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Elife. 2019 Feb 8;8. pii: e41036. doi: 10.7554/eLife.41036.

JNK-dependent cell cycle stalling in G2 promotes survival and senescence-like phenotypes in tissue stress.

Author information

1
Center for Biological Systems Analysis, University of Freiburg, Freiburg, Germany.
2
Faculty of Biology, Ludwig-Maximilians-University Munich, Munich, Germany.
3
Spemann Graduate School of Biology and Medicine (SGBM), University of Freiburg, Freiburg, Germany.
4
Cologne Excellence Cluster on Cellular Stress Responses in Aging-Associated Diseases (CECAD), University of Cologne, Cologne, Germany.
5
Institute for Genetics, University of Cologne, Cologne, Germany.
6
Centre for Biological Signalling Studies (BIOSS), University of Freiburg, Freiburg, Germany.
7
Centre for Integrative Biological Signalling Studies (CIBSS), University of Freiburg, Freiburg, Germany.
8
Center for Molecular Medicine Cologne, University of Cologne, Cologne, Germany.

Abstract

The restoration of homeostasis after tissue damage relies on proper spatial-temporal control of damage-induced apoptosis and compensatory proliferation. In Drosophila imaginal discs these processes are coordinated by the stress response pathway JNK. We demonstrate that JNK signaling induces a dose-dependent extension of G2 in tissue damage and tumors, resulting in either transient stalling or a prolonged but reversible cell cycle arrest. G2-stalling is mediated by downregulation of the G2/M-specific phosphatase String(Stg)/Cdc25. Ectopic expression of stg is sufficient to suppress G2-stalling and reveals roles for stalling in survival, proliferation and paracrine signaling. G2-stalling protects cells from JNK-induced apoptosis, but under chronic conditions, reduces proliferative potential of JNK-signaling cells while promoting non-autonomous proliferation. Thus, transient cell cycle stalling in G2 has key roles in wound healing but becomes detrimental upon chronic JNK overstimulation, with important implications for chronic wound healing pathologies or tumorigenic transformation.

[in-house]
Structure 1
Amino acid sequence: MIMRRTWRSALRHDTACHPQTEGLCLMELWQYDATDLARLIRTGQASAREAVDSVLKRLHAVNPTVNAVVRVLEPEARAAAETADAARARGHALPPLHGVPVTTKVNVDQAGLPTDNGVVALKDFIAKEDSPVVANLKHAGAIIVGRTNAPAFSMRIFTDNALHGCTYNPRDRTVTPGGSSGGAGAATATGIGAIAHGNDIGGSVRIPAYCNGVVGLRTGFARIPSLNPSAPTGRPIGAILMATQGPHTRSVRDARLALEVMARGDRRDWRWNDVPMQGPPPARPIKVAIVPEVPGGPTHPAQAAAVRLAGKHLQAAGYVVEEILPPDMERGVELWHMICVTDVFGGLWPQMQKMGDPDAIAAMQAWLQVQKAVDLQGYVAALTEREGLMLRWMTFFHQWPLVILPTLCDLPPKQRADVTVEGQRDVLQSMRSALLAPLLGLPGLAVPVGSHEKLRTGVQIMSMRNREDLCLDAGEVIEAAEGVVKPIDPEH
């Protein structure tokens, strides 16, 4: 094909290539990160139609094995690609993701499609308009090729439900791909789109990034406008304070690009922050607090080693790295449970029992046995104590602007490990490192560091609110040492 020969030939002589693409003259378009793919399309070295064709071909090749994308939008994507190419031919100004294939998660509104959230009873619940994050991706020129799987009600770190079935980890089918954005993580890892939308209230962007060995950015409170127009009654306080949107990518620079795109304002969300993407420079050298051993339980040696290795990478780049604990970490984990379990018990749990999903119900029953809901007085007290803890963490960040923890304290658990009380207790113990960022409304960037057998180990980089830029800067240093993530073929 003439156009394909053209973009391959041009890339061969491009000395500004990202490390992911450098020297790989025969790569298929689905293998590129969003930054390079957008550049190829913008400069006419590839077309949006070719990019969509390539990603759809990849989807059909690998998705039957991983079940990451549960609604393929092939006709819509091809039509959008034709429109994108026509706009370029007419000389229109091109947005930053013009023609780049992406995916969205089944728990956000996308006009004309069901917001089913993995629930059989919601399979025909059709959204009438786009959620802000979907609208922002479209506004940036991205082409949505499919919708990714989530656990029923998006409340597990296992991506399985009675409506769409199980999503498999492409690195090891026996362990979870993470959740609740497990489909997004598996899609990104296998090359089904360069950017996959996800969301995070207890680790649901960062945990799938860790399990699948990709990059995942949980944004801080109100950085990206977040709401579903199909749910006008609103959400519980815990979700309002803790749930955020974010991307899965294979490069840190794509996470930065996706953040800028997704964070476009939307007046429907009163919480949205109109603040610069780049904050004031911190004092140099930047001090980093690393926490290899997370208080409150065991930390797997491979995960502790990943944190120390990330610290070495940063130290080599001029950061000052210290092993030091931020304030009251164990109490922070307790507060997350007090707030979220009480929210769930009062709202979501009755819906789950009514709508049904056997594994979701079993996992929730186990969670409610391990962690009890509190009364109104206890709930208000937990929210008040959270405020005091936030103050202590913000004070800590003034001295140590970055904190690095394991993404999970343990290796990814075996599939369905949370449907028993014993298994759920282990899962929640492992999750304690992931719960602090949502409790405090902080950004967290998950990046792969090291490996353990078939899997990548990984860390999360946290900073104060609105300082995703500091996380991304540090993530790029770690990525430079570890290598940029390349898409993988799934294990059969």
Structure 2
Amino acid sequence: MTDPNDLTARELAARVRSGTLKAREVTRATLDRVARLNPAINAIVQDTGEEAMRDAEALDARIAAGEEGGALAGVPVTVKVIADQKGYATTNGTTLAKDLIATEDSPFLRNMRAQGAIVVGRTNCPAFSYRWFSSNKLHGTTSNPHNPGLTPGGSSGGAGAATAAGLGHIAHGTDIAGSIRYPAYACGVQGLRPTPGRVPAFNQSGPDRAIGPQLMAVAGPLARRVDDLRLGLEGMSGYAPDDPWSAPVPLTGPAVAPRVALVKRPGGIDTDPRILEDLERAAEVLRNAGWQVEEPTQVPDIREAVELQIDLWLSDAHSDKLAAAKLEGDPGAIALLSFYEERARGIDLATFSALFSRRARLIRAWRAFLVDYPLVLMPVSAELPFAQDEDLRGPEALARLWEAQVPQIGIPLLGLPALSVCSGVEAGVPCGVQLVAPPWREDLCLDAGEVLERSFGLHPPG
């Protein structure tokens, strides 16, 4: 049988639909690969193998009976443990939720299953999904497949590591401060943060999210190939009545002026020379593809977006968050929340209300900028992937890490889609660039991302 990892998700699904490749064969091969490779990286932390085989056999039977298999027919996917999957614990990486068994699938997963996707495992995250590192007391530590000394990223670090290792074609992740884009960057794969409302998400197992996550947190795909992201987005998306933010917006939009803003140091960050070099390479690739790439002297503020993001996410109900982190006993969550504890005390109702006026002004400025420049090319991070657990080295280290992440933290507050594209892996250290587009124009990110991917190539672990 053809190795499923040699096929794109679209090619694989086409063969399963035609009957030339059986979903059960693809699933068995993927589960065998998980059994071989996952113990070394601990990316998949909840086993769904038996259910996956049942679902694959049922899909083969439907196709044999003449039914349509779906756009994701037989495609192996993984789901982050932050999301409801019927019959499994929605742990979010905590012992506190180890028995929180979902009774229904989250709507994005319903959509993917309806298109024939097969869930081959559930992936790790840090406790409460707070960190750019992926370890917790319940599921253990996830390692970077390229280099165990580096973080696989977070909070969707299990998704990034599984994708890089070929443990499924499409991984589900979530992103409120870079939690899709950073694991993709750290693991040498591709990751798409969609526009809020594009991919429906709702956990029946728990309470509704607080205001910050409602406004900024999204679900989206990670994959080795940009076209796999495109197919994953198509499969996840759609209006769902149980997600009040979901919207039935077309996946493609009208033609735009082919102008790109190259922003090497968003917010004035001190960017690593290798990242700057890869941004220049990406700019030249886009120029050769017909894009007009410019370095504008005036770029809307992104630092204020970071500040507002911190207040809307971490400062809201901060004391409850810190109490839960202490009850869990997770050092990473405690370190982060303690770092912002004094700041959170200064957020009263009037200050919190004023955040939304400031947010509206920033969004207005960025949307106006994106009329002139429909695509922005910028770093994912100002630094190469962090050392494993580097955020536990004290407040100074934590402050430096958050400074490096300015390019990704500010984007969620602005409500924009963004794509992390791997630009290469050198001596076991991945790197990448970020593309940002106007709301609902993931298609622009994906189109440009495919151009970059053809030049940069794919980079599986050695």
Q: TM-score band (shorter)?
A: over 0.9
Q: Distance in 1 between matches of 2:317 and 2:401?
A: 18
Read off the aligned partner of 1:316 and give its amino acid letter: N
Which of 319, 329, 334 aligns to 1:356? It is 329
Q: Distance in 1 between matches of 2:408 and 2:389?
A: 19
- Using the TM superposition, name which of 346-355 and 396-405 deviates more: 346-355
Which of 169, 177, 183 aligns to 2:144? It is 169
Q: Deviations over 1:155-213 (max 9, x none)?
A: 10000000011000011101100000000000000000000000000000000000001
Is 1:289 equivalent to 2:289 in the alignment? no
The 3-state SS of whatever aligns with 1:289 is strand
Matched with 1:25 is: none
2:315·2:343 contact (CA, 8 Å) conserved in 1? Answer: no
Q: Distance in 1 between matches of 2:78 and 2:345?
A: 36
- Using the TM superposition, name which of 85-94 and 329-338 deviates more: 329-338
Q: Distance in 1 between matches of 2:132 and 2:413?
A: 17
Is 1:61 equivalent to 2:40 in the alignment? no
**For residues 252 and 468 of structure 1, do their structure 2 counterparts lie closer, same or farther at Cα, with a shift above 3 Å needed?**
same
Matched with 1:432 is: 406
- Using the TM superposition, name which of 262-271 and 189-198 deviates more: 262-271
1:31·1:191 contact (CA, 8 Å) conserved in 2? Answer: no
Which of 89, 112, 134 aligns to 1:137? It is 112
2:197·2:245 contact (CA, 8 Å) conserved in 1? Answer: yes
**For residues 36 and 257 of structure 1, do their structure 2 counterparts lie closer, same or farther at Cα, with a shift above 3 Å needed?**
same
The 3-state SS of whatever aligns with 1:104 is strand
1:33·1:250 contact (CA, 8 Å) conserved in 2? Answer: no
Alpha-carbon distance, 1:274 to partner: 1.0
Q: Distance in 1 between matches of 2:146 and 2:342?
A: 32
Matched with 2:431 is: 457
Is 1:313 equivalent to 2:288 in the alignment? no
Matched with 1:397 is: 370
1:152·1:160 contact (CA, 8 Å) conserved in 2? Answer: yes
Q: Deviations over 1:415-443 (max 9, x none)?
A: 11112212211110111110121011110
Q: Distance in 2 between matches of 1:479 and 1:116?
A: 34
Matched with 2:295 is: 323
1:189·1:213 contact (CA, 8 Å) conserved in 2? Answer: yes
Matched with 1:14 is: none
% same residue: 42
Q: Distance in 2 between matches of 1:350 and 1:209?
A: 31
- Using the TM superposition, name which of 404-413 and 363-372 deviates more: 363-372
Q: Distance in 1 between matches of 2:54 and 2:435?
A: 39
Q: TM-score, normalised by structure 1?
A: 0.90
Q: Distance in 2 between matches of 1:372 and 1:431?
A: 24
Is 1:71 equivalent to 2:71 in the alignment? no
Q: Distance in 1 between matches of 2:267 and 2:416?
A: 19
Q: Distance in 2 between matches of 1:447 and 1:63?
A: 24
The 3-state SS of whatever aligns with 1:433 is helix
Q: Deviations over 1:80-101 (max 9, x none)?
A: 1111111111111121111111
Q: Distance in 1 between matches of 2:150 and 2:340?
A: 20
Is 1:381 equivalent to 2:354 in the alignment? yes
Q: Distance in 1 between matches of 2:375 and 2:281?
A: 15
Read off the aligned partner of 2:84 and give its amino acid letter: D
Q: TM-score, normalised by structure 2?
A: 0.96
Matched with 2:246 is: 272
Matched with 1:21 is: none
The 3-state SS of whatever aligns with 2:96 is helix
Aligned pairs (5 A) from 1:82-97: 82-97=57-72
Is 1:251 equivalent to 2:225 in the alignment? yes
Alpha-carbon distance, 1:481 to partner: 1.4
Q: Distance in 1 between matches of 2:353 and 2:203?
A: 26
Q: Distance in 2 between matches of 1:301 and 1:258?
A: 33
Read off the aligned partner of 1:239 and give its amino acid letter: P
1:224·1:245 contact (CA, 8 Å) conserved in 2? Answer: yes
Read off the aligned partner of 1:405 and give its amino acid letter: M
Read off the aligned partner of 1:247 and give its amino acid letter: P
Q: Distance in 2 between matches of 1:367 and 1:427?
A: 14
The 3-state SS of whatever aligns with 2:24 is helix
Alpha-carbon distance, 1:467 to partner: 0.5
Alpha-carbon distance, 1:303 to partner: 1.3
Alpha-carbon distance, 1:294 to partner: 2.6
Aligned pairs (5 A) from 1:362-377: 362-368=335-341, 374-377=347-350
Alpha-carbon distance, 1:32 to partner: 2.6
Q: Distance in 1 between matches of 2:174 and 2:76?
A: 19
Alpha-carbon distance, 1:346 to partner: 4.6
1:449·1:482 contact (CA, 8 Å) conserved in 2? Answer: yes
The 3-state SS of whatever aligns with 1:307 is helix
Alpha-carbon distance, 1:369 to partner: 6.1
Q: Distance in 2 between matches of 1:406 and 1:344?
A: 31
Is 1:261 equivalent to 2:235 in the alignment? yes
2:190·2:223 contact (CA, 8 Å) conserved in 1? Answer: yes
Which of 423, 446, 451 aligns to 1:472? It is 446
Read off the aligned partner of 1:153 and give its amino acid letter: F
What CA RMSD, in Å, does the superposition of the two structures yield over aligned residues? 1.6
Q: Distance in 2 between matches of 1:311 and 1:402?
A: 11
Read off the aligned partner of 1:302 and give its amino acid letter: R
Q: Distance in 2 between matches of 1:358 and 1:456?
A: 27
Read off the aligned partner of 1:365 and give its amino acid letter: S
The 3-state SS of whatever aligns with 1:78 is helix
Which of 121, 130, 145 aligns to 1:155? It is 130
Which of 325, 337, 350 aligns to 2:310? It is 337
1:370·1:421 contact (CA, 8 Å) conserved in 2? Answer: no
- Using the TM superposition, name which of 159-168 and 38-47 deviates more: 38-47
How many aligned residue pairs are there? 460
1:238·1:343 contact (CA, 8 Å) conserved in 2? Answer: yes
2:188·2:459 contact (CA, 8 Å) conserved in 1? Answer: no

KEYWORDS:

D. melanogaster; G2 arrest; JNK; cell biology; developmental biology; injury-induced apoptosis; non-autonomous overgrowth; senescence; tissue damage

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